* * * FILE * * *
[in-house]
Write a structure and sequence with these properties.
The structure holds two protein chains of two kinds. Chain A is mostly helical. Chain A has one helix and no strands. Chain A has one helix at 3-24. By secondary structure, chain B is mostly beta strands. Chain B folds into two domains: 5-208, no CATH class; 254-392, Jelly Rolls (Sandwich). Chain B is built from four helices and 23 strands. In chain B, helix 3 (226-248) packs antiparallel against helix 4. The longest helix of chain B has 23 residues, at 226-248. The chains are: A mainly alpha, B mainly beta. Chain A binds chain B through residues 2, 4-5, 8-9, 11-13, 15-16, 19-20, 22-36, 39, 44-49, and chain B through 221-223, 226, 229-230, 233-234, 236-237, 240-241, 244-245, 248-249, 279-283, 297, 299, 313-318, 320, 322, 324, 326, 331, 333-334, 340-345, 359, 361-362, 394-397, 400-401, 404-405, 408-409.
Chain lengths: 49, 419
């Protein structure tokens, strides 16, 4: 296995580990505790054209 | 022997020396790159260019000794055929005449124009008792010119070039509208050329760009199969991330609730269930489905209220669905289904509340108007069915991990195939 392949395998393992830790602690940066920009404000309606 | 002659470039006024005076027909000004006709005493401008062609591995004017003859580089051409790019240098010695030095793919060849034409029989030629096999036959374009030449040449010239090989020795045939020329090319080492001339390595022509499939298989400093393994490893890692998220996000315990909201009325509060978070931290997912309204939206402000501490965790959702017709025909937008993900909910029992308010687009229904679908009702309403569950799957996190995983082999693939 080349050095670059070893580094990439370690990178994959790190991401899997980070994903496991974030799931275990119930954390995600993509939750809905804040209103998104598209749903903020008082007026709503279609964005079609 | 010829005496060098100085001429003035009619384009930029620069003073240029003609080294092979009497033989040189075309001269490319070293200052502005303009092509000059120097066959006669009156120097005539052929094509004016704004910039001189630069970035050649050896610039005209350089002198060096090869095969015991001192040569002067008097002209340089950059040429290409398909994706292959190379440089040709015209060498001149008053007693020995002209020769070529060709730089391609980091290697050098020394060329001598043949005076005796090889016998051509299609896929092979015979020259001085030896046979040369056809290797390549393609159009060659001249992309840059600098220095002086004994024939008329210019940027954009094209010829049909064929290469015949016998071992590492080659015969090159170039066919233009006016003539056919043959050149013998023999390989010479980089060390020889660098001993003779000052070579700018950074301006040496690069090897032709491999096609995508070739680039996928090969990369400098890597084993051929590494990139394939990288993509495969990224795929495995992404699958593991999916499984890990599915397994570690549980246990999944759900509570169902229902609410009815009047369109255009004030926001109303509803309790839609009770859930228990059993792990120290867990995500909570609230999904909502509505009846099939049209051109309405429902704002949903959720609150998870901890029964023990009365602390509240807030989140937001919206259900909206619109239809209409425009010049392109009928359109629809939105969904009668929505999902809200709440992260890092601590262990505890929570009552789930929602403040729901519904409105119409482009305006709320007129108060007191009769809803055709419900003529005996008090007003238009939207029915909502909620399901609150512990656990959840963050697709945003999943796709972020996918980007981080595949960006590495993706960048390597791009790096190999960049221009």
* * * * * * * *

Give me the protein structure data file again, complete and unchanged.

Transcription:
[in-house]
Write a structure and sequence with these properties.
The structure holds two protein chains of two kinds. Chain A is mostly helical. Chain A has one helix and no strands. Chain A has one helix at 3-24. By secondary structure, chain B is mostly beta strands. Chain B folds into two domains: 5-208, no CATH class; 254-392, Jelly Rolls (Sandwich). Chain B is built from four helices and 23 strands. In chain B, helix 3 (226-248) packs antiparallel against helix 4. The longest helix of chain B has 23 residues, at 226-248. The chains are: A mainly alpha, B mainly beta. Chain A binds chain B through residues 2, 4-5, 8-9, 11-13, 15-16, 19-20, 22-36, 39, 44-49, and chain B through 221-223, 226, 229-230, 233-234, 236-237, 240-241, 244-245, 248-249, 279-283, 297, 299, 313-318, 320, 322, 324, 326, 331, 333-334, 340-345, 359, 361-362, 394-397, 400-401, 404-405, 408-409.
Chain lengths: 49, 419
């Protein structure tokens, strides 16, 4: 296995580990505790054209 | 022997020396790159260019000794055929005449124009008792010119070039509208050329760009199969991330609730269930489905209220669905289904509340108007069915991990195939 392949395998393992830790602690940066920009404000309606 | 002659470039006024005076027909000004006709005493401008062609591995004017003859580089051409790019240098010695030095793919060849034409029989030629096999036959374009030449040449010239090989020795045939020329090319080492001339390595022509499939298989400093393994490893890692998220996000315990909201009325509060978070931290997912309204939206402000501490965790959702017709025909937008993900909910029992308010687009229904679908009702309403569950799957996190995983082999693939 080349050095670059070893580094990439370690990178994959790190991401899997980070994903496991974030799931275990119930954390995600993509939750809905804040209103998104598209749903903020008082007026709503279609964005079609 | 010829005496060098100085001429003035009619384009930029620069003073240029003609080294092979009497033989040189075309001269490319070293200052502005303009092509000059120097066959006669009156120097005539052929094509004016704004910039001189630069970035050649050896610039005209350089002198060096090869095969015991001192040569002067008097002209340089950059040429290409398909994706292959190379440089040709015209060498001149008053007693020995002209020769070529060709730089391609980091290697050098020394060329001598043949005076005796090889016998051509299609896929092979015979020259001085030896046979040369056809290797390549393609159009060659001249992309840059600098220095002086004994024939008329210019940027954009094209010829049909064929290469015949016998071992590492080659015969090159170039066919233009006016003539056919043959050149013998023999390989010479980089060390020889660098001993003779000052070579700018950074301006040496690069090897032709491999096609995508070739680039996928090969990369400098890597084993051929590494990139394939990288993509495969990224795929495995992404699958593991999916499984890990599915397994570690549980246990999944759900509570169902229902609410009815009047369109255009004030926001109303509803309790839609009770859930228990059993792990120290867990995500909570609230999904909502509505009846099939049209051109309405429902704002949903959720609150998870901890029964023990009365602390509240807030989140937001919206259900909206619109239809209409425009010049392109009928359109629809939105969904009668929505999902809200709440992260890092601590262990505890929570009552789930929602403040729901519904409105119409482009305006709320007129108060007191009769809803055709419900003529005996008090007003238009939207029915909502909620399901609150512990656990959840963050697709945003999943796709972020996918980007981080595949960006590495993706960048390597791009790096190999960049221009």